How To Tell A story Through Images


How To Tell A story Through Images

Every picture tells a story – but some pictures tell better stories than others.   By taking just a few moments to consider the elements that make up a good story before pressing the shutter you can create strong storytelling images.

  • Think about the mood you want to convey. Is your story about a lighthearted moment of children playing or a more serious story about a woman deep in thought about a difficult decision?  To create a story with a light and airy feel overexpose slightly and meter for the shadows in your image.  To create a story with a more dramatic feel, expose for the highlights or lower the exposure in post processing.

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  • Set the scene for your story. All stories take place somewhere and where your story is set will give the viewer immediate context for the story you are trying to tell.  If you are telling a family’s story, get a shot of the family walking into their home or playing on the front porch.  If your story takes place in a location like a farm, park, or city street be sure to get a wide angle shot to set the scene.

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  • Establish the characters. Good stories have strong characters.  If you are telling the story of multiple people in your images, be sure to capture shots of each character alone.  Ideally, these shots will tell the viewer something about the character’s personality and their role in the story.  A picture of a Mom carrying her diaper bag tells the viewer right away what her role in the family is.  A shot of a young woman with a diamond ring introduces her as part of an unfolding love story.

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  • Show relationships: While some good stories center around one character, most involve multiple people.  Good stories and storytelling images will show the connection between the characters.  A shot with siblings doing different things on opposite sides of a room won’t tell the viewer anything about their relationship, while a shot of sisters reading a book together or mirroring each other’s behavior will tell the story of how close they are.   A shot of a man and woman laughing with each other tells the viewer about how much they enjoy each other’s company.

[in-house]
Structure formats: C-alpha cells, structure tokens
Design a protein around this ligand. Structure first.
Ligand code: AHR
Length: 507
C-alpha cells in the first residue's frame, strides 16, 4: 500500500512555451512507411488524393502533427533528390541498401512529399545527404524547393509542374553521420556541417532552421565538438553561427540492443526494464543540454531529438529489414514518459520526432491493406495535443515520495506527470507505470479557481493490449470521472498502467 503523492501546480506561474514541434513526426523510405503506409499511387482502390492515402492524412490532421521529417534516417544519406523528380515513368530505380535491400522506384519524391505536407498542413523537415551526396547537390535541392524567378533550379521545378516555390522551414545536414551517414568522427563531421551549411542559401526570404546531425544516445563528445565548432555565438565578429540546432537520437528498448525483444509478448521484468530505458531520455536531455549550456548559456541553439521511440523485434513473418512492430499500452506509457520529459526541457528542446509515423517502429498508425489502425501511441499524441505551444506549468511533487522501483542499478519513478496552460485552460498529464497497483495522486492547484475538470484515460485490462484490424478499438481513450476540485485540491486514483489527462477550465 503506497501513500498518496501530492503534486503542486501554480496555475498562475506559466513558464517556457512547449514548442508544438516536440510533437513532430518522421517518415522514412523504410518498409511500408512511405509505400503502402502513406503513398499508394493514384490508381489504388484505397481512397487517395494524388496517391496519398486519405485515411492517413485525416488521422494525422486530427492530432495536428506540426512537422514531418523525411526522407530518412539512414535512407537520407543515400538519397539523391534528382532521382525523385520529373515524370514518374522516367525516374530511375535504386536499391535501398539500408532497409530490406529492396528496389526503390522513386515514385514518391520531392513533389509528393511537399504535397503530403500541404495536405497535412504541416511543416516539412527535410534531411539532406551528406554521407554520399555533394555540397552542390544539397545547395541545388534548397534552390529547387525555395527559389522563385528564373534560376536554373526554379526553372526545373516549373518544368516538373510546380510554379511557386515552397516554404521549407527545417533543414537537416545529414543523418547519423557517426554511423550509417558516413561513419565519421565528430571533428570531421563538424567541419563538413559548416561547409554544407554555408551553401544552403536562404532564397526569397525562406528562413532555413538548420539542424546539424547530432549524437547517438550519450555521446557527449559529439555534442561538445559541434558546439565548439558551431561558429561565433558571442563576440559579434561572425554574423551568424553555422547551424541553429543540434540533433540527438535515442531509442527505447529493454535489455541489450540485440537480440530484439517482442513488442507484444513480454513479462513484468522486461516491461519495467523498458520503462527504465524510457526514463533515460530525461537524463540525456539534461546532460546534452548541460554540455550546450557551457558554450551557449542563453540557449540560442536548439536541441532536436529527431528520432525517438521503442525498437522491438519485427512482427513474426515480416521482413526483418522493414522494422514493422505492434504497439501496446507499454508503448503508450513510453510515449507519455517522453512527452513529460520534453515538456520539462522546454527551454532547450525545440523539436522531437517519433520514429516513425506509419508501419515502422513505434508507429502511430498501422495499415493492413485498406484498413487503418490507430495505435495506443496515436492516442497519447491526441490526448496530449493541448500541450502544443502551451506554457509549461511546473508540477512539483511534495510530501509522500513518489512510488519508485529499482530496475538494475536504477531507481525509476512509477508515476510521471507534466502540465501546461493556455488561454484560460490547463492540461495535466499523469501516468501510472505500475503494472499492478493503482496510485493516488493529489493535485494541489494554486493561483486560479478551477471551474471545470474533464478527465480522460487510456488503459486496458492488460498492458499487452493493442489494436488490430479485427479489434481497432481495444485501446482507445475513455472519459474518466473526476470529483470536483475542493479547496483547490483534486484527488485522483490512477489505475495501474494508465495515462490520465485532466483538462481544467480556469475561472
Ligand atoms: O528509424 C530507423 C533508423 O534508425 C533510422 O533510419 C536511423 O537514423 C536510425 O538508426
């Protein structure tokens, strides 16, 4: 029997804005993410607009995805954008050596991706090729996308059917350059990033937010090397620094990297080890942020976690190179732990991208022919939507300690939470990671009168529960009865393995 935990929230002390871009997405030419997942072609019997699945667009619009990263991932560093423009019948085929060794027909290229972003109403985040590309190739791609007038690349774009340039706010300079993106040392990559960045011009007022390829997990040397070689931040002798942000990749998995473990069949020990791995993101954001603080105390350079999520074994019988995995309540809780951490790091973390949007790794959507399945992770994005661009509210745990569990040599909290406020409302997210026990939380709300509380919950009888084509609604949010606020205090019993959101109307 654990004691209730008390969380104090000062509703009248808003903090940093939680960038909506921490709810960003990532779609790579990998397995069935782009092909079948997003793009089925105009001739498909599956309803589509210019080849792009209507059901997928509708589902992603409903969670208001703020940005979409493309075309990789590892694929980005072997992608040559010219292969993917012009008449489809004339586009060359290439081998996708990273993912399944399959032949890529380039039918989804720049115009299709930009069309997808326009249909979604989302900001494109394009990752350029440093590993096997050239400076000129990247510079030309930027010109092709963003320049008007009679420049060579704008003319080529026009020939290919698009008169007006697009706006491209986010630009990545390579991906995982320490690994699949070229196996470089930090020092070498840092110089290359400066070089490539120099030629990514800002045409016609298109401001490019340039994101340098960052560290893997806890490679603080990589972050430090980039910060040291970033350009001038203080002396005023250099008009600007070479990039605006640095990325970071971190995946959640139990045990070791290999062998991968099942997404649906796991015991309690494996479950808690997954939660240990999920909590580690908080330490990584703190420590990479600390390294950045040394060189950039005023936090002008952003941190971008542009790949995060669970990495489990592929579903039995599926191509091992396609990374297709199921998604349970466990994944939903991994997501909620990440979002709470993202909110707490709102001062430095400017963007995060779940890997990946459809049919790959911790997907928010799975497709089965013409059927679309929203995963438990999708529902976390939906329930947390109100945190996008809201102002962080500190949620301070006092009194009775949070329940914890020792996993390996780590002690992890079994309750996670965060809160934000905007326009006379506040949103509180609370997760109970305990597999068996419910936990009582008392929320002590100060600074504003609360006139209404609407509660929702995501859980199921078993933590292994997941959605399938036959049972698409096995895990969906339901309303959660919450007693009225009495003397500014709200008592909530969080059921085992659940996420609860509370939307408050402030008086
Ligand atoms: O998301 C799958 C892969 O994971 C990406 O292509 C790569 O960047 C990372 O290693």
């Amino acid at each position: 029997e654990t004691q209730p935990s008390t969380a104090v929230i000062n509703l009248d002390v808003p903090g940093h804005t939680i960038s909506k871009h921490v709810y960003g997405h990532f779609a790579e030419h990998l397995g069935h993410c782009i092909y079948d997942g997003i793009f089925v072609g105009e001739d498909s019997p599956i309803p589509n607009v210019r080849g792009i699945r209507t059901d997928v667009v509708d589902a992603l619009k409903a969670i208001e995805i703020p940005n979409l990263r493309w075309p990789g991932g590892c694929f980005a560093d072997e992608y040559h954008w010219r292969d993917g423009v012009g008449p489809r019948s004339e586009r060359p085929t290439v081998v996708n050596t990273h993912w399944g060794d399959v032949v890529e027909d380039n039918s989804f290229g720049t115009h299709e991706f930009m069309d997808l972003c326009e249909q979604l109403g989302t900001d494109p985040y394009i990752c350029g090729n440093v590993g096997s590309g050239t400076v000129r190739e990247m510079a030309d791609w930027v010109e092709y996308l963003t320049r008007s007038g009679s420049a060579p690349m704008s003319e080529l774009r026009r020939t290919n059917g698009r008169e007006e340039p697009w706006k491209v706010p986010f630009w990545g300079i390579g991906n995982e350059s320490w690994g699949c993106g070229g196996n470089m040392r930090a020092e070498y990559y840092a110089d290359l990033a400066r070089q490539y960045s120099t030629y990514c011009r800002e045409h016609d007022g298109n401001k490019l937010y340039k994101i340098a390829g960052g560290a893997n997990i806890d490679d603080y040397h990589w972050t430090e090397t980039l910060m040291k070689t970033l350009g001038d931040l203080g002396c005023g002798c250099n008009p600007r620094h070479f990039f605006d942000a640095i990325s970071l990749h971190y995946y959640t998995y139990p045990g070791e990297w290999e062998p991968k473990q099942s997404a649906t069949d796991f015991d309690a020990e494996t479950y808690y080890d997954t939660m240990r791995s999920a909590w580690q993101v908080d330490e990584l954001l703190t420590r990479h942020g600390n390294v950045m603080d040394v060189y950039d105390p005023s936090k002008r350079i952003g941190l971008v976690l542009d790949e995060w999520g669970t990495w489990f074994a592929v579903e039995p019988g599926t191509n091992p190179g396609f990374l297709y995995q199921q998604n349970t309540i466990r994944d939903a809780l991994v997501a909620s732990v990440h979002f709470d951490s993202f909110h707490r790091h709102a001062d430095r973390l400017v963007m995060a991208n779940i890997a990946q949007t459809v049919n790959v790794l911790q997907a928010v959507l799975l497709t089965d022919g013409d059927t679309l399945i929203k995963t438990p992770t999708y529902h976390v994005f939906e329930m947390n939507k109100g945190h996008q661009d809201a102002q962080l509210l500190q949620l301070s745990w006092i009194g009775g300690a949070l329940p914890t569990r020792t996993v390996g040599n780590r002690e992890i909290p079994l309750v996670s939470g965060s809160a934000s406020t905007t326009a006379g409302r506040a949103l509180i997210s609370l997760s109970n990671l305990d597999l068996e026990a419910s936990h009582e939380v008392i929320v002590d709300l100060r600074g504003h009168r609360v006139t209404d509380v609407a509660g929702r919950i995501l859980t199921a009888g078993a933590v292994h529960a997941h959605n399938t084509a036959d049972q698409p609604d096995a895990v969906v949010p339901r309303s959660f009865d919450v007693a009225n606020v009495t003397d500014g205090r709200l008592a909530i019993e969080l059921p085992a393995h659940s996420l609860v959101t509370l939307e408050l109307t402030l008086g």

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  • Include The Details: If you think back to your favorite books, you will likely remember the richness of the details.   Details add depth and meaning to storytelling images as well.  When photographing an event, include details that make the event special, such as detailing on the cake, bottles of wine lined up ready to be served, or even unique aspects of the venue, such as beautiful door handles.  If you are photographing a family, consider details that may be important to their story, such as favorite books the kids like to read, a special blanket, the messiness of cooking with children, or even newborn portraits hanging on the walls where teenagers now live.    Change your perspective if necessary to be able to include details in your frame.

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  • Have a Conclusion: All good stories come to an end.  Depending on the story you are telling, there are many ways to convey that a story is over with images.  A story may conclude with a shot of the family walking away from the camera, a child sleeping, a couple leaving the church, a half-eaten cookie left on the dining room able, or an empty room with signs of a great party scattered throughout.

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Jamie Davis Smith

Jamie Davis Smith is a photographer and mother of four based in Washington, DC. She loves capturing everyday moments with her children. She can be reached at jdavissmith03@gmail.com

Facebook: www.facebook.com/jamiedavissmithii
Twitter: @jamiedavissmith 
Instagram: @jamiedavissmith 

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